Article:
Here's a slight optimization to the each_translation method in my original
submission:

class String
  # Yield once for each translation of this (Morse code) string.
  def each_translation
    split(//).each_grouping(MinCodeLength, MaxCodeLength) do |group|
      valid = true
      group.map! do |char_arr|
        # Convert arrays of individual dots & dashes to strings, then translate.
        letter = Decode[char_arr.join]
        letter.nil? ? (valid = false; break) : letter
      end
      # Join all the translated letters into one string.
      yield group.join if valid
    end
  end
end

Originally, I would translate every letter in a word, and then throw it out if
any failed to translate. This version breaks out of the map! as soon as any
letter fails, at the expense of two more variables and a few more LOC. I
expected this to speed it up quite a bit, but this test data shows only a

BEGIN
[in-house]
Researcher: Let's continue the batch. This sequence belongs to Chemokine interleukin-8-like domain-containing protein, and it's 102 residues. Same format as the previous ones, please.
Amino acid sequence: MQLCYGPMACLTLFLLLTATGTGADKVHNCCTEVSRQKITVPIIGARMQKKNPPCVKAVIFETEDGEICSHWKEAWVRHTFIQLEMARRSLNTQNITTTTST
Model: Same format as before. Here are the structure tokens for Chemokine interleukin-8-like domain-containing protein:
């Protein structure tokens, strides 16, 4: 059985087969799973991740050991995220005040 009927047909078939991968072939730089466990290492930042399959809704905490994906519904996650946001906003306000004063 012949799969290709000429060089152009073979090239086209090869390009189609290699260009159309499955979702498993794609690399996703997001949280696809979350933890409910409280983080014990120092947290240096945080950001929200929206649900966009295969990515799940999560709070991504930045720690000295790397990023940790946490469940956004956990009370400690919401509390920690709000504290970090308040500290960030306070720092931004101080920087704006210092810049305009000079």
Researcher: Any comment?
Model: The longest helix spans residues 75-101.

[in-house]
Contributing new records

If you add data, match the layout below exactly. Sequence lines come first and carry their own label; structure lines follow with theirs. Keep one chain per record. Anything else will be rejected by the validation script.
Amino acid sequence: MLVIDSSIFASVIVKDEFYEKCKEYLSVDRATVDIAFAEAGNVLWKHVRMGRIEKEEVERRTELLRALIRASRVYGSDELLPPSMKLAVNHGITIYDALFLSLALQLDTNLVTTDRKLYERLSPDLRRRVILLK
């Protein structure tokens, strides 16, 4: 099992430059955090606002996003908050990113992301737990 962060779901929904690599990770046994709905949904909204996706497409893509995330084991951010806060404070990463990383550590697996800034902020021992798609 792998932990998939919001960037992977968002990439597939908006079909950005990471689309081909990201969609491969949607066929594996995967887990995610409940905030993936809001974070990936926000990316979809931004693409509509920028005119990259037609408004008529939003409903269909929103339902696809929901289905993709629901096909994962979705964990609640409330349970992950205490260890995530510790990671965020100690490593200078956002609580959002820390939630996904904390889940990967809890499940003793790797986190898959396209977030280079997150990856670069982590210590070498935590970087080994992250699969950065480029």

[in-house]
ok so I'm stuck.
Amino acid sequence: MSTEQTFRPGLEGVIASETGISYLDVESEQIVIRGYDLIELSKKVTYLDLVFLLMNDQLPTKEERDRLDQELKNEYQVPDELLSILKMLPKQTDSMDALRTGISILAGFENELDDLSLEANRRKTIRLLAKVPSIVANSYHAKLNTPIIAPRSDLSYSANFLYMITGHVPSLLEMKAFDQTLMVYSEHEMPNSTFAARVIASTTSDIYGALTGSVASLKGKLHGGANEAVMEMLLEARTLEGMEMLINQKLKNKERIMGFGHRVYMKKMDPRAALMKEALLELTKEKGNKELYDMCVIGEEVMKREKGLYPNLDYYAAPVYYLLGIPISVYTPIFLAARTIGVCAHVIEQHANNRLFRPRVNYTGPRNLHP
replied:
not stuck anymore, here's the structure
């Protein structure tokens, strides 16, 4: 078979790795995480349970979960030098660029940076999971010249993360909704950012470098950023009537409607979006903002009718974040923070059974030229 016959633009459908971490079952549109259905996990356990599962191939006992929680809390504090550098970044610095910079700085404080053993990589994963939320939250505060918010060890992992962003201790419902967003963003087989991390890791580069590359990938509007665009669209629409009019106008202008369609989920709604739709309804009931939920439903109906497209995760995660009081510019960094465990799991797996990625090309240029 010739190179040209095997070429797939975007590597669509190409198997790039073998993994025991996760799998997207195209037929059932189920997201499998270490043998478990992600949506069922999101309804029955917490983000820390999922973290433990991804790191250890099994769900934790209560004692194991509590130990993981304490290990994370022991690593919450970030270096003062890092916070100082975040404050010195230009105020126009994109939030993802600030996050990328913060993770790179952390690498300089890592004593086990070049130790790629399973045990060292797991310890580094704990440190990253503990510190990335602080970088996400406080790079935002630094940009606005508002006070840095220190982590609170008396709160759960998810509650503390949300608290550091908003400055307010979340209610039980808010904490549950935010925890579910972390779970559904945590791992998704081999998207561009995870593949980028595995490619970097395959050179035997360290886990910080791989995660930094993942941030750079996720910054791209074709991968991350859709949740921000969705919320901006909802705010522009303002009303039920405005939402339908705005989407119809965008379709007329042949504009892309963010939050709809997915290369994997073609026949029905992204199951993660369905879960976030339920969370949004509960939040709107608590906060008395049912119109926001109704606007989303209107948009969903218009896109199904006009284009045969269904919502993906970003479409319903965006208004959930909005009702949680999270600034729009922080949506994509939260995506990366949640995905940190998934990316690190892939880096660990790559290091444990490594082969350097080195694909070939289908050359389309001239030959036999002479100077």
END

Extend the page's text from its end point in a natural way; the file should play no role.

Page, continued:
minor improvement for short code strings:

# (All times in seconds)
# Length, Original Time, New Time
0          0.112          0.113
1          0.110          0.109
2          0.106          0.108
3          0.106          0.106
4          0.106          0.106
5          0.108          0.107
6          0.121          0.119
7          0.123          0.121
8          0.125          0.124
9          0.132          0.130
10         0.146          0.145
11         0.188          0.187
12         0.259          0.253
13         0.403          0.390
14         0.713          0.668
15         1.313          1.221
16         2.513          2.342
17         4.959          4.597
18         9.885          9.146
19        19.671         18.208
20        38.729         35.972
21        78.767         71.431
22       159.931        145.794
23       319.763        294.711
24       636.660        590.360
25      1273.474       1169.021

These were all run with prefixes of '...---..-....--.--.-...-.'
The percentage improvement increases as the length of the code to translate
increases, as can be seen in this (noisy) plot:

http://www.jessemerriman.com/images/ruby_quiz/121_morse_code/new_vs_old.png

How far it goes down after that, I don't know, but my guess would be that
eventually it'd approach zero.

-- 
Jesse Merriman
jessemerriman / warpmail.net
http://www.jessemerriman.com/